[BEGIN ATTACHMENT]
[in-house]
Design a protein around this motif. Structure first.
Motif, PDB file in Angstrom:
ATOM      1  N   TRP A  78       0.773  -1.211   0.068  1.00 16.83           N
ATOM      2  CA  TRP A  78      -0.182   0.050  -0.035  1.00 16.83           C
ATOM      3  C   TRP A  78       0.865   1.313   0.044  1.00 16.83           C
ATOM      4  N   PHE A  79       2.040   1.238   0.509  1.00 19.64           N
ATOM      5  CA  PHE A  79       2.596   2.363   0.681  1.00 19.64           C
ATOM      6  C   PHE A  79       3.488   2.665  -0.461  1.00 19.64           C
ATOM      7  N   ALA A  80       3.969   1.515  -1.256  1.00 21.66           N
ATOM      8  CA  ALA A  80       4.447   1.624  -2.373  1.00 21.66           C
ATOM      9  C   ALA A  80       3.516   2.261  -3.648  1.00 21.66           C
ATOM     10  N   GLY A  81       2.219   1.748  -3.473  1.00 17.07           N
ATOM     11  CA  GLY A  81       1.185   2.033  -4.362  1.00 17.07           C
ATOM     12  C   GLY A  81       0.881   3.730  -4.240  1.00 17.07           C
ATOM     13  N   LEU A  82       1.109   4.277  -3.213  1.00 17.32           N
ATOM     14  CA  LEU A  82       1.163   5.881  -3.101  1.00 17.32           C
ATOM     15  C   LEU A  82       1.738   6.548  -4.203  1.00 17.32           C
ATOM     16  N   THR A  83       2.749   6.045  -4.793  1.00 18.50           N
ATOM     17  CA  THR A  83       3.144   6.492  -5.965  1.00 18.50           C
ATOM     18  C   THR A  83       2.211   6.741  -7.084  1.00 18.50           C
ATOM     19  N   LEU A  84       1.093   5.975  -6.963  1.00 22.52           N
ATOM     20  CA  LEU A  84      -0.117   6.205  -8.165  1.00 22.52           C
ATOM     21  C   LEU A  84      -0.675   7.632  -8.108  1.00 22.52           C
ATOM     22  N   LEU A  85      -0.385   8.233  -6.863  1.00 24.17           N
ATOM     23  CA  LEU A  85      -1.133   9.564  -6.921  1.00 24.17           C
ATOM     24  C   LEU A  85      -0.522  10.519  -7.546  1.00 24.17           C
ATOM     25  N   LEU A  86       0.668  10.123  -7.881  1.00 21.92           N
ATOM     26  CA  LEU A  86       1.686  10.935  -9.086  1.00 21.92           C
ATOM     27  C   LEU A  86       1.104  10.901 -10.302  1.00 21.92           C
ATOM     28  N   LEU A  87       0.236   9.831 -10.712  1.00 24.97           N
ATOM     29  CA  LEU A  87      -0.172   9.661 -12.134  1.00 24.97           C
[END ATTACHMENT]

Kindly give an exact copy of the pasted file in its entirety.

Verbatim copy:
[in-house]
Design a protein around this motif. Structure first.
Motif, PDB file in Angstrom:
ATOM      1  N   TRP A  78       0.773  -1.211   0.068  1.00 16.83           N
ATOM      2  CA  TRP A  78      -0.182   0.050  -0.035  1.00 16.83           C
ATOM      3  C   TRP A  78       0.865   1.313   0.044  1.00 16.83           C
ATOM      4  N   PHE A  79       2.040   1.238   0.509  1.00 19.64           N
ATOM      5  CA  PHE A  79       2.596   2.363   0.681  1.00 19.64           C
ATOM      6  C   PHE A  79       3.488   2.665  -0.461  1.00 19.64           C
ATOM      7  N   ALA A  80       3.969   1.515  -1.256  1.00 21.66           N
ATOM      8  CA  ALA A  80       4.447   1.624  -2.373  1.00 21.66           C
ATOM      9  C   ALA A  80       3.516   2.261  -3.648  1.00 21.66           C
ATOM     10  N   GLY A  81       2.219   1.748  -3.473  1.00 17.07           N
ATOM     11  CA  GLY A  81       1.185   2.033  -4.362  1.00 17.07           C
ATOM     12  C   GLY A  81       0.881   3.730  -4.240  1.00 17.07           C
ATOM     13  N   LEU A  82       1.109   4.277  -3.213  1.00 17.32           N
ATOM     14  CA  LEU A  82       1.163   5.881  -3.101  1.00 17.32           C
ATOM     15  C   LEU A  82       1.738   6.548  -4.203  1.00 17.32           C
ATOM     16  N   THR A  83       2.749   6.045  -4.793  1.00 18.50           N
ATOM     17  CA  THR A  83       3.144   6.492  -5.965  1.00 18.50           C
ATOM     18  C   THR A  83       2.211   6.741  -7.084  1.00 18.50           C
ATOM     19  N   LEU A  84       1.093   5.975  -6.963  1.00 22.52           N
ATOM     20  CA  LEU A  84      -0.117   6.205  -8.165  1.00 22.52           C
ATOM     21  C   LEU A  84      -0.675   7.632  -8.108  1.00 22.52           C
ATOM     22  N   LEU A  85      -0.385   8.233  -6.863  1.00 24.17           N
ATOM     23  CA  LEU A  85      -1.133   9.564  -6.921  1.00 24.17           C
ATOM     24  C   LEU A  85      -0.522  10.519  -7.546  1.00 24.17           C
ATOM     25  N   LEU A  86       0.668  10.123  -7.881  1.00 21.92           N
ATOM     26  CA  LEU A  86       1.686  10.935  -9.086  1.00 21.92           C
ATOM     27  C   LEU A  86       1.104  10.901 -10.302  1.00 21.92           C
ATOM     28  N   LEU A  87       0.236   9.831 -10.712  1.00 24.97           N
ATOM     29  CA  LEU A  87      -0.172   9.661 -12.134  1.00 24.97           C